Instead of top-down profits like in Ponzi- or pyramid schemes, we see an inside-outside pattern: the closer to the center of the “pumper” you are, the more likely you can get out before the dump. The profits are not being made in a pyramid shape, but in a circle shape – the closer in, the more your profits. Hence, circle schemes. Just like in pyramid schemes people are made to believe they are at the top, people in circle schemes are given the illusion, they are close to the center of the circle. For example, they are invited to Telegram groups where coins are “pumped”. People believe they are the first to know but this is when they already lose. The scammers are already dumping.

Is this info absolutely unknown to the public? Definitely NOT! Most people are actually aware of it, but just like in Ponzi- or pyramid schemes, people get their hopes up to get rich quick without having to do much. Greed is taking over and it makes people think absolutely irrational. Been there done that myself – and I am sure you as well :-) So, while for some there is no other remedy than them keep losing money until they realize that they have no chance to make a true profit in circle schemes.

But for those, who were not really aware of all that, this post should be a small wakeup call on what’s going on behind the scenes. So, pay attention if an investor or advisor is heavily “pumping” a coin. Get weary when a YouTuber or Blogger talks extremely positive about a company. Watch out for getting duped by pump and dump groups where you are made to belief that you are at the center of the circle scheme.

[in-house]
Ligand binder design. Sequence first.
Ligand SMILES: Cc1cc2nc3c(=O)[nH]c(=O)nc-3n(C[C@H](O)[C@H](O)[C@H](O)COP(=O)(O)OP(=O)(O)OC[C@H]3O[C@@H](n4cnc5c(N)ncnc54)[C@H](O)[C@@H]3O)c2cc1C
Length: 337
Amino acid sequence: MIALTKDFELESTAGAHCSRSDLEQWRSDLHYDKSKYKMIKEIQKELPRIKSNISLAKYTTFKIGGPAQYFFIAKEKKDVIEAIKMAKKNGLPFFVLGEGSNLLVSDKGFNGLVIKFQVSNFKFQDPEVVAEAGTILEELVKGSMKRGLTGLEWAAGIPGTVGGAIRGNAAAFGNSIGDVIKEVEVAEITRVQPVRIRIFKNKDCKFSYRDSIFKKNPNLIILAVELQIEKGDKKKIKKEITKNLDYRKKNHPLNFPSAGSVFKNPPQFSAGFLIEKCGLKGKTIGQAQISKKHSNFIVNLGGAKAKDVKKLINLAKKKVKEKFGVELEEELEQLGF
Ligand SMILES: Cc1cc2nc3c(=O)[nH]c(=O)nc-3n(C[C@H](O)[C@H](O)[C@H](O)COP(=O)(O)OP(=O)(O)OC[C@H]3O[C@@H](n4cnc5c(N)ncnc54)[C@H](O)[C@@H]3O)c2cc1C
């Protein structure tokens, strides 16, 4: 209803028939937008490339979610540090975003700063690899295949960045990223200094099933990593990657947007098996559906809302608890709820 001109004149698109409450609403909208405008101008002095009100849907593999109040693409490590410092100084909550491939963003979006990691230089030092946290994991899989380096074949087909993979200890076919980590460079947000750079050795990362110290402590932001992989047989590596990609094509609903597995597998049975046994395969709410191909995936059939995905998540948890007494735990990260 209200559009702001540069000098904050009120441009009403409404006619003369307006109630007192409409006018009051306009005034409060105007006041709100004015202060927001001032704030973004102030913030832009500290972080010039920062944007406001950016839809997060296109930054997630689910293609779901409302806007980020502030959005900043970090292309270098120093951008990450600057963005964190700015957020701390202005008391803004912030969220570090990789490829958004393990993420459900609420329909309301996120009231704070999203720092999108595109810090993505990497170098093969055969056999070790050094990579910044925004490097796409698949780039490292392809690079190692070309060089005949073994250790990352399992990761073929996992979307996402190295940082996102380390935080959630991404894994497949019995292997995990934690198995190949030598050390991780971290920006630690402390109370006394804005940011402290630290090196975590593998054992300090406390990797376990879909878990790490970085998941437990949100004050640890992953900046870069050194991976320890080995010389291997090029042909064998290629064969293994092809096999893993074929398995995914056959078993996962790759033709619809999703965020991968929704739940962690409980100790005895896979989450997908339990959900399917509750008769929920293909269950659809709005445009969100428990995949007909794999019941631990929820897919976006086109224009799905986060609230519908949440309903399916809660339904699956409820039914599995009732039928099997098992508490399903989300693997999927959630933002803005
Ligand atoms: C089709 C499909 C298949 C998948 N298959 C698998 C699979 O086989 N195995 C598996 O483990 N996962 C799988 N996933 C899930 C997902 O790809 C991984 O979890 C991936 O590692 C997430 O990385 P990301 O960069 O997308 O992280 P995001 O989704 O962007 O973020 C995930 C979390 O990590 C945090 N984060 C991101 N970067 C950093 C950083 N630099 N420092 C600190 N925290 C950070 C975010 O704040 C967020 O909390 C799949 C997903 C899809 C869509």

How do you avoid being scammed? There is no sure-fix, but there are a few things you can do:

• Check the fundamentals of a coin or token.
• Ask yourself whether there is a great idea behind the company.
• Who are the founders / creators? Who is the team behind it?
• Are the people “pumping” a coin known to having pumped in the past?
• Is a rise in price justified?
• What are the incentives of someone talking positively about a coin?

I always try to raise myself and the people around me to the highest standards possible – not because I have to, but because I would never want to face the person I could have been, had I done so. I am not in competition with anyone else other than myself. That applies to all of us and we should remind ourselves of that every single day. Others struggling in doing so should not be the excuse in why we can drop our level of execution. Regulators will be slow to step in, but we as a community can work together and instead of a top-down approach, we can have a bottom-up solution in that case.

So, let’s spread the word and get people #cryptofit! Eventually, this is what will make our crypto-ecosystem grow and stand out.

The author Dr. Julian Hosp is the co-founder of TenX and co-author of the whitepapers of TenX and COMIT.
TenX (www.tenx.tech) is a Singapore based Fintech company that makes cryptocurrencies spendable anytime anywhere by offering a debit card payment system to its users on the frontend and by connecting blockchains at the backend through the COMIT protocol.

COMIT is an open source project that connects any blockchain without creating an extra token. Whitepaper: www.comit.network

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As a newcomer to cryptocurrency this is very timely for me. Thanks.

Thank you for this very helpful post Julian. I am upvoting and resteeming. I am also posting it on Facebook.

Yes, great post. Thanks @lucky.digger for bringing it to my attention by resteeming. I will also resteem and upgoat.

The world would be a better place if there were people like yourself in it @julianhosp

FYI: Julian is the mastermind behind TenX.

Thx Julian for posting here. Steem great minds alike to post content like this here.

Thank you!